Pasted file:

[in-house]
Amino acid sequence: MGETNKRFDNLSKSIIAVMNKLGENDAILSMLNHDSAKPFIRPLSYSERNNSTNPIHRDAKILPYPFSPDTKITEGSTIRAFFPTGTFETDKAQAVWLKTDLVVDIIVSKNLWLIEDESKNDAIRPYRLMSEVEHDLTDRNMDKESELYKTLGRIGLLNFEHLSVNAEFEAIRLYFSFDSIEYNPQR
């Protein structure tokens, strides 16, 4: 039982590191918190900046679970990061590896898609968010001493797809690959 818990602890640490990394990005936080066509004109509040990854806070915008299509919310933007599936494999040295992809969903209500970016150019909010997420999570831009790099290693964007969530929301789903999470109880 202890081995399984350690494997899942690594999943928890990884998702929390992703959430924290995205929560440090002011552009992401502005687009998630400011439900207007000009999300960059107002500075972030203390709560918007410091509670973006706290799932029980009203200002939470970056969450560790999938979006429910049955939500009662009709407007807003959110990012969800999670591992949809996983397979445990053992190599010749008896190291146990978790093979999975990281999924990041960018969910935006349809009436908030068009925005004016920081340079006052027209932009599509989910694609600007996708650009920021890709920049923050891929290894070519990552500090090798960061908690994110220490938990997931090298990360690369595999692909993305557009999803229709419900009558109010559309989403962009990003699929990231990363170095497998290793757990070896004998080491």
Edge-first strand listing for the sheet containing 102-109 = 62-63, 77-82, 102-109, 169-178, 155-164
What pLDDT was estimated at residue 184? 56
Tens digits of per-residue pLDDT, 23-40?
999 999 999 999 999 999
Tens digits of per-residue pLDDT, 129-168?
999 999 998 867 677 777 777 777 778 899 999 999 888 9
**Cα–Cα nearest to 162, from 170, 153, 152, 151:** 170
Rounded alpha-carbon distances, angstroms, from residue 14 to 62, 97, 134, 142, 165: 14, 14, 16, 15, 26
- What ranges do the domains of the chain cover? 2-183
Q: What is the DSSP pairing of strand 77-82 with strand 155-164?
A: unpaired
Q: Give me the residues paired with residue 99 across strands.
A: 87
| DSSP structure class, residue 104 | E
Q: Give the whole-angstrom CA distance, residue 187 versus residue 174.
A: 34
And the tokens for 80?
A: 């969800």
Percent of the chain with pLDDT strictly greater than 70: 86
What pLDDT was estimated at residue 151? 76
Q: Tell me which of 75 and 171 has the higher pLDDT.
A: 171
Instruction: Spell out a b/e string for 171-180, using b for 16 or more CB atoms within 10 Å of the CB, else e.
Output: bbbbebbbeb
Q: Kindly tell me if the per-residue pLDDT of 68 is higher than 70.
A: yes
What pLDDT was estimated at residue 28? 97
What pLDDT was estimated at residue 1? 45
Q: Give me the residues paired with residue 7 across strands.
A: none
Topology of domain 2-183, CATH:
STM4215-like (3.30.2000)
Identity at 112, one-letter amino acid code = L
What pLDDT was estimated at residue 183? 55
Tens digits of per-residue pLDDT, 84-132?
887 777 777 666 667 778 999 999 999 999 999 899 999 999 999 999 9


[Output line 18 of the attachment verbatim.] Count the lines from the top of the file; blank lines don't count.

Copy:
Q: Give the whole-angstrom CA distance, residue 187 versus residue 174.